International disputes are now the top external risk to investments, according to a new eToro survey of investors in Australia and around the world.
57% of Australian investors surveyed identified international conflict as the biggest risk, up from 32% in Q4 2021, while the proportion of investors globally who were concerned about international conflict more than doubled from 26 % to 57%.
“The tragic events in Ukraine are a triple whammy for investors with their toxic combination of heightened market uncertainty, higher inflation due to soaring commodity prices and weaker economic growth due to the disruption sanctions,” said eToro’s global markets strategist Ben Laidler.
“History shows that geopolitics often does not have a lasting impact on global markets. Fundamentals remain strong, with corporate earnings up, economies reopening after the pandemic, corporate stock market valuations now cheaper and markets now expecting central banks to raise interest rates significantly.
Globally, respondents ranked rising inflation as the second most important risk (47%), followed by the state of the global economy (37%).
Despite facing a number of major challenges, 73% of investors globally and 64% of those in Australia remained confident in their portfolios and only 41% of all respondents said they had repositioned their portfolios.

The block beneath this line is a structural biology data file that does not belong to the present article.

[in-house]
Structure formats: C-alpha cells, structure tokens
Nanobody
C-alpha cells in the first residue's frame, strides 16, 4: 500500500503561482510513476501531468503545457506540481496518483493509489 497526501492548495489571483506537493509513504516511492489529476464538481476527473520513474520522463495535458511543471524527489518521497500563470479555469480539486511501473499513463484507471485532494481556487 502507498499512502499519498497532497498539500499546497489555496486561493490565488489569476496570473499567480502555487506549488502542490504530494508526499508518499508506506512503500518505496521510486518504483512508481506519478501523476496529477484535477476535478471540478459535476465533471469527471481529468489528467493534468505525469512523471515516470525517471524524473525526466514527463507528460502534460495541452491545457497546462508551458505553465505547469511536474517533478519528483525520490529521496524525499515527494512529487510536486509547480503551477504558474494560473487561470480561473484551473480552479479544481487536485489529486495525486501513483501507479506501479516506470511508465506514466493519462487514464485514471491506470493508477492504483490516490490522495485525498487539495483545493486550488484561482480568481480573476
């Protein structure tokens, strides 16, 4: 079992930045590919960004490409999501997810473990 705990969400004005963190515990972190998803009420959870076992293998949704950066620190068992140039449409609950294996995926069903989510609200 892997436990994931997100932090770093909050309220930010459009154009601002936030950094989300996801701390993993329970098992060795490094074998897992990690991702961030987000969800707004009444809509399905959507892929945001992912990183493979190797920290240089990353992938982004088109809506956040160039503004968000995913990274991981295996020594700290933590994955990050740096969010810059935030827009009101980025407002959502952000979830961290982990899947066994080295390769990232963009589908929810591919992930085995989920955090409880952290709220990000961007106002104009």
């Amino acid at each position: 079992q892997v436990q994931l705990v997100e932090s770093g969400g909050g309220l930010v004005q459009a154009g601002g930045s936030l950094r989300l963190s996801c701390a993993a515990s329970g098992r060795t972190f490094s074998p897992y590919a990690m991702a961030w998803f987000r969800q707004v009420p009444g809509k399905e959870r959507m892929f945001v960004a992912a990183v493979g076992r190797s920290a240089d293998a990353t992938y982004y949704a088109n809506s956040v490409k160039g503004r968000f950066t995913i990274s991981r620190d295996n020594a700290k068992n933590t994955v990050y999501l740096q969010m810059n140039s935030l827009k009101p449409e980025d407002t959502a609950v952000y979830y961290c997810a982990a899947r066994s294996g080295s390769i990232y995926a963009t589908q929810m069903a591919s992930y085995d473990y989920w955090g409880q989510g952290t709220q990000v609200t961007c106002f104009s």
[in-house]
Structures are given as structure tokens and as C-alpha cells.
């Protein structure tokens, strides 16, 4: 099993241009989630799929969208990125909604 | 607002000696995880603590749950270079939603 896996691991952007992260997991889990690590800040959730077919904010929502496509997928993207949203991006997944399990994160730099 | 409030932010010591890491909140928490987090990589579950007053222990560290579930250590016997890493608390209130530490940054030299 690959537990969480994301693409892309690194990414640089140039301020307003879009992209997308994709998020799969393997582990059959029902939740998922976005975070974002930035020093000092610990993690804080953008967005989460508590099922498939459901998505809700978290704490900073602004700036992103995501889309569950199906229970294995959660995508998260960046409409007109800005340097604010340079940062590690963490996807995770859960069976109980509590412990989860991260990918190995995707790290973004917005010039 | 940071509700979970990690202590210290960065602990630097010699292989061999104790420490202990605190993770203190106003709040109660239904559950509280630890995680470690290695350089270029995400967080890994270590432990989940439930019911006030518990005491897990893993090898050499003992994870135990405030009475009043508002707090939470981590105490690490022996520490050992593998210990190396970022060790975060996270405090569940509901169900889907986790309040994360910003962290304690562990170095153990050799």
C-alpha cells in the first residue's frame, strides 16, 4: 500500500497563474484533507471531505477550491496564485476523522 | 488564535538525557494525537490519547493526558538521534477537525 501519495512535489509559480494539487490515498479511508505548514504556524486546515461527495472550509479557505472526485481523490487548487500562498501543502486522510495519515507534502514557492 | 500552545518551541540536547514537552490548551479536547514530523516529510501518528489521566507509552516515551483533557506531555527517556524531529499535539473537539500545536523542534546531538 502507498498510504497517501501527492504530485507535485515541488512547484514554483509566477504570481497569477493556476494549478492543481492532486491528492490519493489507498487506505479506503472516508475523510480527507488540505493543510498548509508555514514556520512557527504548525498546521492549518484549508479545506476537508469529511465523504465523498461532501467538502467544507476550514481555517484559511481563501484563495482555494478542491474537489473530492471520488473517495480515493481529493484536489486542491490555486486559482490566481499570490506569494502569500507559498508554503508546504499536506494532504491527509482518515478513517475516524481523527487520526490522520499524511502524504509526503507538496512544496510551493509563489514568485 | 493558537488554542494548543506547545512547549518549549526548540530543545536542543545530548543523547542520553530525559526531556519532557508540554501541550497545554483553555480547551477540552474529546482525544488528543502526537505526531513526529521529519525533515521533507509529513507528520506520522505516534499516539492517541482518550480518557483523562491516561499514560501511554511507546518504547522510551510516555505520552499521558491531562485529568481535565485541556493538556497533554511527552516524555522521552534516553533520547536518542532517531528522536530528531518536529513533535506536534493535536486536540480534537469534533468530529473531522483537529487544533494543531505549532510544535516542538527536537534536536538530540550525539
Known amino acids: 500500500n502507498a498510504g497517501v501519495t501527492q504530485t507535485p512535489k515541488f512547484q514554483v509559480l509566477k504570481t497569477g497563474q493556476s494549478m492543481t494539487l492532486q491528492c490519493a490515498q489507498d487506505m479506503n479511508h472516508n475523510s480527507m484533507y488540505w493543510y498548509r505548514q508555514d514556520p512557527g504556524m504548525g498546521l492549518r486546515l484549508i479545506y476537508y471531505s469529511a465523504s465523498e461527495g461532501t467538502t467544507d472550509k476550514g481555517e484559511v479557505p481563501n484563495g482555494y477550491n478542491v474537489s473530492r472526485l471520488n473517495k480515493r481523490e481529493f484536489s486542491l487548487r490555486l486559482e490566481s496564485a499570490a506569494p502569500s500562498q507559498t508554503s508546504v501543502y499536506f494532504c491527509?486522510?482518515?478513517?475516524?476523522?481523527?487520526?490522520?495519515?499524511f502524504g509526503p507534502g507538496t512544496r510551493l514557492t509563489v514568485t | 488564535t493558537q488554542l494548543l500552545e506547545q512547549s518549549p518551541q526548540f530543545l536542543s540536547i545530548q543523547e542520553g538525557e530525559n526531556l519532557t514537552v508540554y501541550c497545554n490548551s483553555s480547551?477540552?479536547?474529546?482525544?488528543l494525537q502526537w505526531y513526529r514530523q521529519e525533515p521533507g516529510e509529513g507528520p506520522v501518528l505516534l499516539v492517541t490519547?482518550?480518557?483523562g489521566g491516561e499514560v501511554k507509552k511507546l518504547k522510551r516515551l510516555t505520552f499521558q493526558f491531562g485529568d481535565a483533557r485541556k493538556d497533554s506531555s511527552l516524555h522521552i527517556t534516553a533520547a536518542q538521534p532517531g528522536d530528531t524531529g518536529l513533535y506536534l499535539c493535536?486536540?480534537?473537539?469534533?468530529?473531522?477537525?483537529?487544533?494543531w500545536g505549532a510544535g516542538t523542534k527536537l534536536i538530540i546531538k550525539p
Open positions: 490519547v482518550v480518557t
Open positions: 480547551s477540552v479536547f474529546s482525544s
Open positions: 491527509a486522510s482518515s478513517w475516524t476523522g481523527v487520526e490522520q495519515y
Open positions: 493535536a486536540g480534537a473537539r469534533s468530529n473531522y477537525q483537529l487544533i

eToro also found that 64% of Australians currently invest in domestic stocks and 23% invest in foreign stocks, while 24% said they invest in crypto.
Energy stocks should offer the best investment buying opportunities over the next three months according to 31% of local respondents, just ahead of technology stocks (30%) and healthcare stocks (30%).
Australian investors named cleantech as their top long-term investment theme (38%), ahead of digital transformation (29%), the aging population (29%), the growth of the global middle class ( 23%) and robotics and automation (22%).
Additionally, 56% of local investors said they plan to invest the same amount in the next year.
“Australian retail investors are recognizing the importance of diversification with rising volatility this year, but they are not letting emotions dominate their investment decisions by panic selling,” said Josh Gilbert, Australian market analyst at eToro. .
“Emotion is a big part of investing, and it can be easy to get carried away by the headlines in the news and media when markets enter correction territory. However, it is evident in the data that Australian retail investors do their research, keep a cool head and are confident in their investment choices.
Jon Bragg is a reporter for Investor Daily from Momentum Media, nestegg and ifa. He enjoys writing about a wide variety of financial topics and issues and exploring the many implications they have on all aspects of life.